Imagine that you could not travel or go to school without your dad’s permission. You need him, your brother, or a male driver to take you anywhere you want to go in a car. He even has a say in who you get to marry.
This is life under Saudi Arabia‘s guardianship law — a combination of the legal code and religious doctrine within the kingdom. Men have guardianship over the unmarried women in their families, which usually means a father is guardian to his daughter (but in his absence, a son or uncle can fill in). When a woman marries, the guardianship switches over to her husband. Even when Saudi women are no longer minors, they are still treated like children in the eyes of the law.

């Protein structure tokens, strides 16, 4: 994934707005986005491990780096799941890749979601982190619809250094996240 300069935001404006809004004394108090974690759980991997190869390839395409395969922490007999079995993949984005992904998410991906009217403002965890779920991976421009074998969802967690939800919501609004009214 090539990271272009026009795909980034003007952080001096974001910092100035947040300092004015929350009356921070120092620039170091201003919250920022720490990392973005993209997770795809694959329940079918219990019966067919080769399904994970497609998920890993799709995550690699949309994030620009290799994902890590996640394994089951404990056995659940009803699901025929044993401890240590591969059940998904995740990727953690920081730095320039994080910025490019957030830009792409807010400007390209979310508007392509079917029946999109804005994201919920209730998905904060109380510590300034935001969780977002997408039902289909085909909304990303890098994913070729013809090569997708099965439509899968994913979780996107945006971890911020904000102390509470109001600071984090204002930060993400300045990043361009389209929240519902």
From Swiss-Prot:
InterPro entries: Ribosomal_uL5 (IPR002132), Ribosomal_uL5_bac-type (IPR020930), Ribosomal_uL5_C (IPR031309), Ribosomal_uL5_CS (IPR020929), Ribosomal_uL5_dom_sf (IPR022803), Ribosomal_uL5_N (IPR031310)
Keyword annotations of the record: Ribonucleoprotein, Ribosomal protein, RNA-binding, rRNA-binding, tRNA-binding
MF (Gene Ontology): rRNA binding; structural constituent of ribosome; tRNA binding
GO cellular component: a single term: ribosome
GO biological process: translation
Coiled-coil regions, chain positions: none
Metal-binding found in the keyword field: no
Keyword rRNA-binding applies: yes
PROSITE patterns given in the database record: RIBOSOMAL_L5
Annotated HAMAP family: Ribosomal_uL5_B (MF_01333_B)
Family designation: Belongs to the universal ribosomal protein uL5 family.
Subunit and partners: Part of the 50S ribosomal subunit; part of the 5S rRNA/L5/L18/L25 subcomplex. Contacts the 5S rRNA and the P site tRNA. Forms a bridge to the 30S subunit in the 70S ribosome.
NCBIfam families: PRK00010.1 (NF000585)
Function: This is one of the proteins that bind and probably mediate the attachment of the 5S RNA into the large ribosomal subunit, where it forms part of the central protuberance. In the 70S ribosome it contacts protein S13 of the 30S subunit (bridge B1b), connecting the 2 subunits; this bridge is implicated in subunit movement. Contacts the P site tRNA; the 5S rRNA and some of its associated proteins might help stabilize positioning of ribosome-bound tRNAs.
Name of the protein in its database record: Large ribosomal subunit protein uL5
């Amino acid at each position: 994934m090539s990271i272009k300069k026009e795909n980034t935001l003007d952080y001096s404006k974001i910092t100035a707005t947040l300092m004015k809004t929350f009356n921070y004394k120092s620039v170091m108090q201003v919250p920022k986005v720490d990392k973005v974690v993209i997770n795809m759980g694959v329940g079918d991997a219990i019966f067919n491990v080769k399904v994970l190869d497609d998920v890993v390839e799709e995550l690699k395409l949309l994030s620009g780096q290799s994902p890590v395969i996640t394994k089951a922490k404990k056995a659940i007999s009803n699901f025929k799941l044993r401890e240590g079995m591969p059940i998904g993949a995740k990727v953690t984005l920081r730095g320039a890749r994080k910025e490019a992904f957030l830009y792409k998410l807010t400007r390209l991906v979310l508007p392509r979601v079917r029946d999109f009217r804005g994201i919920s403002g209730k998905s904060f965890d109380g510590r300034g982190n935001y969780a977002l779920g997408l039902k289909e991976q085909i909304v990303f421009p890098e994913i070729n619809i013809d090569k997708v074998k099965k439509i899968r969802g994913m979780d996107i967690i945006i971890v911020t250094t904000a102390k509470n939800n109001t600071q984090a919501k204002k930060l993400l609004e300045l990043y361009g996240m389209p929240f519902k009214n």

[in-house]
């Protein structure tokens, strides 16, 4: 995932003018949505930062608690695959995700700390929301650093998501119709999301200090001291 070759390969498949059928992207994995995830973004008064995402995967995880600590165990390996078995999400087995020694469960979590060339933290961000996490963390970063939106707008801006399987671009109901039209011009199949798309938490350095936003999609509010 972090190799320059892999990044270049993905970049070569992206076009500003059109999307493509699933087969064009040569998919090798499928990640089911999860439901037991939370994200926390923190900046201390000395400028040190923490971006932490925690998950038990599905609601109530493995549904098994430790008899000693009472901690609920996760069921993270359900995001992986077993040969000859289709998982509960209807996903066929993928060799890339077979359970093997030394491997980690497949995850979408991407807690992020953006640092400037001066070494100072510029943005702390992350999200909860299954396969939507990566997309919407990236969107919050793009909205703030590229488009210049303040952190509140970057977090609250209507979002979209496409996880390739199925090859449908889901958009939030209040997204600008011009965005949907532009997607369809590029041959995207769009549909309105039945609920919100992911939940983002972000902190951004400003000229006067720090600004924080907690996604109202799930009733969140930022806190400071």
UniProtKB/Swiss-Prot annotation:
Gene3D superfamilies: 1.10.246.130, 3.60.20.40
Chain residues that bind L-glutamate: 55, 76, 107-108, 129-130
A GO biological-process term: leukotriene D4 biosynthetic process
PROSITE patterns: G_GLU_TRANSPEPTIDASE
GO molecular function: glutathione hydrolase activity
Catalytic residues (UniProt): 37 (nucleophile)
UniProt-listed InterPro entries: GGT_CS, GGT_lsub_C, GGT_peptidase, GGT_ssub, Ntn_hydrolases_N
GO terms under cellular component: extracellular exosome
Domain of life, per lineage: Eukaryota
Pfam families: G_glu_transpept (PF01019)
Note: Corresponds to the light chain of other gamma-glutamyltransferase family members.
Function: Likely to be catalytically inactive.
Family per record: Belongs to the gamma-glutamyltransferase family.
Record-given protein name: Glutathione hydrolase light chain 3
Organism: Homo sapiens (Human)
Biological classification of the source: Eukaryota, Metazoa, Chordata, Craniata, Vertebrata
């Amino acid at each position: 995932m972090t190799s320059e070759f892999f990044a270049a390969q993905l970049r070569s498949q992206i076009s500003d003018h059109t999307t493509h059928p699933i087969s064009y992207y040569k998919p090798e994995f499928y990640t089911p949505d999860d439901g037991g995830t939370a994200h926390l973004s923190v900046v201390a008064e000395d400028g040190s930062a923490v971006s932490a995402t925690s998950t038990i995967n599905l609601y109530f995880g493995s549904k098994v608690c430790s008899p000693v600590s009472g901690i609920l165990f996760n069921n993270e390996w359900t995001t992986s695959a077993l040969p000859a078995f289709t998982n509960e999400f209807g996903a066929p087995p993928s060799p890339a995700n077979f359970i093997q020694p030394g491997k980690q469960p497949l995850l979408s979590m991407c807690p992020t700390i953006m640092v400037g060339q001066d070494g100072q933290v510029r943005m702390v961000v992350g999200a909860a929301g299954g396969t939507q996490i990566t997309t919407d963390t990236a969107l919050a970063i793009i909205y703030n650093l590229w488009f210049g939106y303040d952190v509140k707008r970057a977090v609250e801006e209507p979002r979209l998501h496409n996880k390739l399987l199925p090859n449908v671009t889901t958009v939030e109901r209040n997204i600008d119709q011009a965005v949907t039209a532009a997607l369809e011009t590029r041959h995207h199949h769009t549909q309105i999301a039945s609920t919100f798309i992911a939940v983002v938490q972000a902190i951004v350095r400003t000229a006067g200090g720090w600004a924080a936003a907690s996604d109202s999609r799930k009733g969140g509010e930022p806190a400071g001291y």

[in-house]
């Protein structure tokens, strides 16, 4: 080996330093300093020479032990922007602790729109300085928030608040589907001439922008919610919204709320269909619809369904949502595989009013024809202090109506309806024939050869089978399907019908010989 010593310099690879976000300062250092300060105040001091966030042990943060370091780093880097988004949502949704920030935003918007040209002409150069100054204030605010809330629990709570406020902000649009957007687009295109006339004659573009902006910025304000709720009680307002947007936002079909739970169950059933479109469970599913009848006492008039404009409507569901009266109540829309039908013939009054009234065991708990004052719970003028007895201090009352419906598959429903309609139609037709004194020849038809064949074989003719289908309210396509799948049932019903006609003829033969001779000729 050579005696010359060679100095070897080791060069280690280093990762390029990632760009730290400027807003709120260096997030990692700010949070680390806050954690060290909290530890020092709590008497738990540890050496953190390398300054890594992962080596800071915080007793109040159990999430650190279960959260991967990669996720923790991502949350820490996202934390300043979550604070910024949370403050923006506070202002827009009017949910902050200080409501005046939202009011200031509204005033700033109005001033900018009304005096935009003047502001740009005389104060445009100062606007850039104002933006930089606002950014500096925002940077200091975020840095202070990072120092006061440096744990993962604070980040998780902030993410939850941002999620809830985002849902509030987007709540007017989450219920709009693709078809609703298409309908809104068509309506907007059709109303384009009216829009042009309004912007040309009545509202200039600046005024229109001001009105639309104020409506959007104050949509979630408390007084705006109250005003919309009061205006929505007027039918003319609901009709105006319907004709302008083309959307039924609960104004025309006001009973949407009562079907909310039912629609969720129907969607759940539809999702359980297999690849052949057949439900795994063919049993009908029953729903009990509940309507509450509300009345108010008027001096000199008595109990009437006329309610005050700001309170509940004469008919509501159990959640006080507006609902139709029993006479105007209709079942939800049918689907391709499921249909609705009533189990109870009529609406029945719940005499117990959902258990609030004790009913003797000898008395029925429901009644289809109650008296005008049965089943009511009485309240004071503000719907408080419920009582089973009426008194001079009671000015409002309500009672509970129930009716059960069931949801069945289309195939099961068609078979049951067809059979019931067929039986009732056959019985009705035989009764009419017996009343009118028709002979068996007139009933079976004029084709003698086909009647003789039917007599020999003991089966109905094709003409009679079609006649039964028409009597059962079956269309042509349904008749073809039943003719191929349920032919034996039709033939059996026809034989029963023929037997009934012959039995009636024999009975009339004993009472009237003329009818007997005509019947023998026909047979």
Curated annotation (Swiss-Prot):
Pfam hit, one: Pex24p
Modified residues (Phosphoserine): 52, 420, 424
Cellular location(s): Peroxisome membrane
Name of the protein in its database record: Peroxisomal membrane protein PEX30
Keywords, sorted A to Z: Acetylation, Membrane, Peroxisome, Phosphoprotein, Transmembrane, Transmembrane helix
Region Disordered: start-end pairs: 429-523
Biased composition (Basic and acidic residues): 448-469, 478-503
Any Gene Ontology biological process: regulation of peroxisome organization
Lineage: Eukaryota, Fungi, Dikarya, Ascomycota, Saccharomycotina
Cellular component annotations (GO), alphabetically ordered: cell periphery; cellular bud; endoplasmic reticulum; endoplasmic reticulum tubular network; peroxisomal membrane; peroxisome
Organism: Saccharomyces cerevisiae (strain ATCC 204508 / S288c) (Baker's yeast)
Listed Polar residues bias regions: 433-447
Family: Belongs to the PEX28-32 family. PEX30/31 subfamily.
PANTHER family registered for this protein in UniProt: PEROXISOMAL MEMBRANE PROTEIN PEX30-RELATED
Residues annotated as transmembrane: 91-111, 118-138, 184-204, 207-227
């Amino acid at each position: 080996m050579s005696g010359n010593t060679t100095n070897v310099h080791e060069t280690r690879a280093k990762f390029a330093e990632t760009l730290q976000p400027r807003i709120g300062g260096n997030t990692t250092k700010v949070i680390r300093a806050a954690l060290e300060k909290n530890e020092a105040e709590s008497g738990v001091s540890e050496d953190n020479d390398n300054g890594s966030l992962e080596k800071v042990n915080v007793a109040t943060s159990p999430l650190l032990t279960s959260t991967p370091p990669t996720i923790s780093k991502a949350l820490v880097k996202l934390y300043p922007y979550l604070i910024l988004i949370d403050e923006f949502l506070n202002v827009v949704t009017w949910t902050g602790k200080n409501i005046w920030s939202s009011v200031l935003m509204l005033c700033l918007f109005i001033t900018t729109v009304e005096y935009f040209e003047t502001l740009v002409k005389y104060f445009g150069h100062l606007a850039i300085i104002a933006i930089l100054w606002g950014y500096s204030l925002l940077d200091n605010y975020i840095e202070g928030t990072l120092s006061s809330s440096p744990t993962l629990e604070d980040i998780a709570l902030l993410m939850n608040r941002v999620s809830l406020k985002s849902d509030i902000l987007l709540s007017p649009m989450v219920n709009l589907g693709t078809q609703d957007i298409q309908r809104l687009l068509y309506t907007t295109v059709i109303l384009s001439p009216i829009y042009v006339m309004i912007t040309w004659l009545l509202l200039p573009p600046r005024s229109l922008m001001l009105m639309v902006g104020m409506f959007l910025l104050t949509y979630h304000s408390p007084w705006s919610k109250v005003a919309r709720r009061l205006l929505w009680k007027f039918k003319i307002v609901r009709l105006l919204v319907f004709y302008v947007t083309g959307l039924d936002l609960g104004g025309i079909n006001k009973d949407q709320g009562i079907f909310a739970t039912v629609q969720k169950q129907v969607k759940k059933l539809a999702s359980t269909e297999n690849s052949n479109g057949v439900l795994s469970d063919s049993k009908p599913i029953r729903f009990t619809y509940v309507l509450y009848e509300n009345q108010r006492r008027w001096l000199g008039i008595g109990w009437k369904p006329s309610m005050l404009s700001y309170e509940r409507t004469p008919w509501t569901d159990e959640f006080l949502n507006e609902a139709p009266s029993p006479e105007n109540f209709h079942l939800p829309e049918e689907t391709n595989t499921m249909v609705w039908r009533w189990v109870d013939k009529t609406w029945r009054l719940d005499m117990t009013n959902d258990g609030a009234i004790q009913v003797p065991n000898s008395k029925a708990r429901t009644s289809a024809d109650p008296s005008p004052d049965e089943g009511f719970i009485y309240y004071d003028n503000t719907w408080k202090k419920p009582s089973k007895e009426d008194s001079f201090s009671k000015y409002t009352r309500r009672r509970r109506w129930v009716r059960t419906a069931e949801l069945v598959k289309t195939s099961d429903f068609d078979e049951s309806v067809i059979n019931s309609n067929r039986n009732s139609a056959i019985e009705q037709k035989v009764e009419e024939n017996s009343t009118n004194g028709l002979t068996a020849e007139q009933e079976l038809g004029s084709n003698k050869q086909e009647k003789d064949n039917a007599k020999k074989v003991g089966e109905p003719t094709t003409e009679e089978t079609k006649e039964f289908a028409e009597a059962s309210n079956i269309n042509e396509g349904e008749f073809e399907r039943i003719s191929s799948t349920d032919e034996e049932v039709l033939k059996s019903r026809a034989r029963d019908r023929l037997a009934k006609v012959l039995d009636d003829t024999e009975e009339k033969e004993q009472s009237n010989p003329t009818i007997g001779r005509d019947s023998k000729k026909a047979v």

One woman is trying to change all that: a 43-old-old doctor, going by the pseudonym “Samia” in press reports, is challenging her father’s guardianship in the Saudi Supreme Court. Keep reading »